As a nation we are forgetting what our forebears did
By PETER SIMPSON
Many, including the Prime Minister, have likened the current coronavirus pandemic to the crisis faced by the nation in World War 2.
There is certainly one key area where at the present time we would do well to emulate what happened during the wartime years, and that is in respect of a corporate turning to God by means of national days of prayer.
In WW2, as various crises and turning points came into being, some 12 national days of prayer were held. This was reflecting an historic and long established tradition in which between 1535 and 1939 this country had conducted no less than 536 such occasions of public prayer and ‘humiliation’ in respect of national calamities, including outbreaks of plague and cholera and poor harvests.
During the course of the Second World War Britain was very dependent upon the importation of food by sea in order to feed the population. It was more than ever vital that the nation grew as much of its own food as possible. Christians were therefore praying that He would mightily bless the produce of the fields. The harvest in 1942 in fact brought forth one of the most abundant yields on record, so much so that the then Minister of Agriculture, R. S. Hudson, on the BBC News of October 10th, openly attributed the harvest to the intervention of the Trinitarian God in answering the people’s prayers.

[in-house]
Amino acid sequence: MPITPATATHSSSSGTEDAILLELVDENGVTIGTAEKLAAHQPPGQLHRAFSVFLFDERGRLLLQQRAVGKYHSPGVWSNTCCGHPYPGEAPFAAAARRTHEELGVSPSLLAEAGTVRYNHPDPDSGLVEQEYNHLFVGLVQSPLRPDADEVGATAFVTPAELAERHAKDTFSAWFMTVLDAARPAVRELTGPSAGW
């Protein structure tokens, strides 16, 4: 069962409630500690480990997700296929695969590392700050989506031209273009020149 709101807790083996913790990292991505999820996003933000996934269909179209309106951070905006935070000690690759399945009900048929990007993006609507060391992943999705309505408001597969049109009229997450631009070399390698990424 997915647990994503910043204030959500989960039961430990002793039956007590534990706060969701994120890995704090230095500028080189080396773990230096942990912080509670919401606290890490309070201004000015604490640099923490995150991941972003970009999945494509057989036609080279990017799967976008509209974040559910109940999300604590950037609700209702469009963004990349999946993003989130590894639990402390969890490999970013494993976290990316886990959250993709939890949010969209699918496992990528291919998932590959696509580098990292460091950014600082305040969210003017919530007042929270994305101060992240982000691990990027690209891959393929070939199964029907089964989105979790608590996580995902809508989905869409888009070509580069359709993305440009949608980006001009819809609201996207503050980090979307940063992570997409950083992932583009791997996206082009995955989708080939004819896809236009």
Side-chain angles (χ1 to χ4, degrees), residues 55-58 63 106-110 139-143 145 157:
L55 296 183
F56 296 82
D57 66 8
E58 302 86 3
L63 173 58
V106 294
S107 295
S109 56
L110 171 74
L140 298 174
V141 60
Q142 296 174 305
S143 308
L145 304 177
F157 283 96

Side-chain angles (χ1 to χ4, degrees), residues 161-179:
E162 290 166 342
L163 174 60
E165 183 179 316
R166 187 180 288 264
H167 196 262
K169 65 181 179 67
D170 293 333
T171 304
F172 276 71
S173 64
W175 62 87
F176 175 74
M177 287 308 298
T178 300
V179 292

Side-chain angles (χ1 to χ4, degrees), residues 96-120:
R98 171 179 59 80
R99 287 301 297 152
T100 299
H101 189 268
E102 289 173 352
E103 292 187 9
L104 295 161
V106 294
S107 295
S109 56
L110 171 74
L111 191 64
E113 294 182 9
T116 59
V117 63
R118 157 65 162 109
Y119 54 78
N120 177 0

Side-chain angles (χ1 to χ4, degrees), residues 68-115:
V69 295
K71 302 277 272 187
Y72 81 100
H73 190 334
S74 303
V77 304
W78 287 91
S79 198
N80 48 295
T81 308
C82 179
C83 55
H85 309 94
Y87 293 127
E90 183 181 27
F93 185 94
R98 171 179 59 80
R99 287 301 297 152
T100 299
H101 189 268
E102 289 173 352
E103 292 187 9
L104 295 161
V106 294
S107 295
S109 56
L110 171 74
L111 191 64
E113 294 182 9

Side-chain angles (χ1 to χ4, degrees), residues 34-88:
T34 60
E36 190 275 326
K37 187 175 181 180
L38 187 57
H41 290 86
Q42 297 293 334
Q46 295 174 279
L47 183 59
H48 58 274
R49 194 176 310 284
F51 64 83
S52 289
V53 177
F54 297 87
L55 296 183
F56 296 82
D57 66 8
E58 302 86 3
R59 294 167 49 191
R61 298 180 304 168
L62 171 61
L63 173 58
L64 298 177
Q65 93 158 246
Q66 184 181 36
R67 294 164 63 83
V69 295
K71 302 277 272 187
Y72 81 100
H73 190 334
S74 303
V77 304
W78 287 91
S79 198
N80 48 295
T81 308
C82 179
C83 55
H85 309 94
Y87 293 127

So here we observe a Government minister being willing publicly to acknowledge the importance of prayer in a time of national crisis. Likewise today, the coronavirus crisis cannot be approached as if medical precautions and scientific research are the only possible solutions, yet that is exactly what is happening. The plain fact is that Britain is putting all its trust in science and in the public health experts. Of course, they have a vital role, but as a nation we are leaving God out of the picture altogether, and are resorting instead to a trust in human solidarity. In place of crying out, ‘Lord, have mercy upon us’, we are proclaiming, ‘We shall beat this by working together’.
What our secularised society fails to understand is that the coronavirus has come upon us in the providence of God, as do all events in this fallen world. Since the Fall of man in the Garden of Eden every generation has known sickness and disease as an aspect of life in a world in rebellion against God. To state this is not in any way to minimise the suffering which many individuals and families are going through because of Covid-19, all of whom are very much in our prayers at this time, along with the frontline hospital workers.
This pandemic must be approached, not just as a medical and scientific matter, but as a spiritual issue also. Whilst we take all the necessary medical precautions, we must not make them our only trust. Does the possibility of finding a vaccine mean that as a nation we can forget our dependence on the Creator God? To do so is to idolise science.
How we rather need to seek the Lord Jesus Christ, He who has been the mighty Deliverer of our country in times past, and He who has power over all disease. How we need to humble ourselves at a time like this, for we are a nation which for many decades now has failed to honour God, He who in His providence determines the well-being or otherwise of all the nations.